Safety and security of students, protecting them from sexual abuse, guarding the rights of
children who perform poorly in academics are among the key features of a new Bill passed by the Tamil Nadu Assembly.
Aimed at regulating private schools, the bill has been welcomed by parents and educationists alike.
Wilful non-compliance of such mandatory features could attract imprisonment of up to a year or a fine that could go up to Rs five lakh or both.
The Tamil Nadu Private Schools (Regulation) Bill, 2018 was adopted by the assembly on July 5. It is aimed at ensuring aspects including assurance of quality education, collection of fair fee and proper conduct of examinations.
"No private school shall prevent any pupil on its rolls from appearing for any board examinations on account of poor academic performance," says Section 22 (3) of the Act.
Non-compliance may invite one year imprisonment or Rs five lakh fine or both.
"It is significant as some schools in the state have the practise of not allowing poor performers to sit for board examinations," said a parent, P Ravikumar.
All schools now have the mandate to ensure the "safety and security of students including protection from mental harassment or physical injury or sexual abuse," as per sections 20 (1) and (2).
"These provisions are timely and laudable," said another parent S Arun, listing out several allegations of sexual abuse by teachers.
Given accidents like the recent death of a nine-year old girl after she fell from the fourth floor of her school in Chennai and some teachers allegedly resorting to corporal punishment, the new provisions will help prevent them, he said.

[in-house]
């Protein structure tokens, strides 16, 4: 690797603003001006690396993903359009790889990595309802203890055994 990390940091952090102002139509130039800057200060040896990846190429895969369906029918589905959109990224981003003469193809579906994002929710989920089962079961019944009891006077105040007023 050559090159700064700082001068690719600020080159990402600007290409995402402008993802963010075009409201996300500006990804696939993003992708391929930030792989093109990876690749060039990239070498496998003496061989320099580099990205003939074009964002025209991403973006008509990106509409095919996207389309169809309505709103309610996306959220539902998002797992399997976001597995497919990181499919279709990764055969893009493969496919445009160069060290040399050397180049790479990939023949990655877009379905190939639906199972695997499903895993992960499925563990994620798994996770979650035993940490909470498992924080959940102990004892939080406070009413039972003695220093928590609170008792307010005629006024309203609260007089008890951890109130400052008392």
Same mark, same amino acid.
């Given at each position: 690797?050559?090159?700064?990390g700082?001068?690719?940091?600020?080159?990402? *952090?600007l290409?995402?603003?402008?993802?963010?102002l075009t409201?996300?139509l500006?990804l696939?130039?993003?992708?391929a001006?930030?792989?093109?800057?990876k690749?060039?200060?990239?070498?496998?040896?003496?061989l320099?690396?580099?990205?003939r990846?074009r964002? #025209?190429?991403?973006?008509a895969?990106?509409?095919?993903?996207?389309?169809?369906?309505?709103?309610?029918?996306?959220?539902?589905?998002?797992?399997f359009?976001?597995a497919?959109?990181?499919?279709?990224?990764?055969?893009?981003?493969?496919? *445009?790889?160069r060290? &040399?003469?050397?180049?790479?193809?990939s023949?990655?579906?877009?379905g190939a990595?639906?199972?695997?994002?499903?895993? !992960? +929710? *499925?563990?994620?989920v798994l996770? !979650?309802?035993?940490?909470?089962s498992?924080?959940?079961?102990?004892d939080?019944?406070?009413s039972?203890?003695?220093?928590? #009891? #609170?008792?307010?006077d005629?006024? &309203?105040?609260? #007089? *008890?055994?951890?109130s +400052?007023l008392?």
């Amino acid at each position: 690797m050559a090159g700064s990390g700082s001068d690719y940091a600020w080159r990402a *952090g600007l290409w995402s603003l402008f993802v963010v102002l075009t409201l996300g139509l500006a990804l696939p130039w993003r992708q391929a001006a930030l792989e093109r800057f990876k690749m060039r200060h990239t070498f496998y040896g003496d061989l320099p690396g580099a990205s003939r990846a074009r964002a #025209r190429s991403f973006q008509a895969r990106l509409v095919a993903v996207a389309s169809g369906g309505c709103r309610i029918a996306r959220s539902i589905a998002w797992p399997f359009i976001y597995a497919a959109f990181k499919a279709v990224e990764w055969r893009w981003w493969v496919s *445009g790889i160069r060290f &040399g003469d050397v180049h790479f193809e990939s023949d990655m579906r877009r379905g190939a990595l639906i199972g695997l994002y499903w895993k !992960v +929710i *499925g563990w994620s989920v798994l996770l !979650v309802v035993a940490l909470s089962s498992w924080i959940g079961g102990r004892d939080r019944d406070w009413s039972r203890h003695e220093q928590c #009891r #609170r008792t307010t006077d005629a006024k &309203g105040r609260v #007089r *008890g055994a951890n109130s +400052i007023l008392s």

General Secretary, State Platform for Common School System-Tamil Nadu, P B Prince Gajendra Babu, welcoming the law said a robust mechanism should, however, be put in place to implement the Act.
"There should be a transparent mechanism in every educational district to register complaints of students and parents," he told PTI.
He said measures "should be in place to ensure that nobody including teachers are victimised and justice rendered to all."
He said the focus on ending unhealthy competition among private schools and stress on fair fee collection are praiseworthy.
According to section 26, which reaffirms a 2009 Tamil Nadu Act, "no school shall collect any charge...except the fee fixed by the Fee Determination Committee."
Against the background of incidents like a student's recent death here after he was allegedly punished by making him to do "duck walk" by a physical trainer, the new law will help avert such incidents, the noted education activist said.
"It will be helpful for promoters of new schools as well," she said.
Referring to sub-clause 7 of Section 8 that "no child shall be admitted in any school which has not been recognised," she said a list of recognised schools should be publicised by the government.
If a child was admitted to an unrecognised school, it attracts a punishment of up to one year or a fine up to Rs five lakh or both (for the unrecognised institution).
"In the first place, no school without recognition should be allowed to admit students. An up-to-date list of recognised schools must be featured in the education department website," she said.
Importance for a "judicious mix of curricular, co-curricular and extra-curricular activities," and learning outcomes are among the other notable features of the new law.
The school Bill was adopted after an expert committee came up with a draft legislation which considered all relevant Acts, rules, codes and government orders in this regard.
The law applies to all private -both aided and unaided- and will come into force on a date the government will notify.
(This story has not been edited by Business Standard staff and is auto-generated from a syndicated feed.)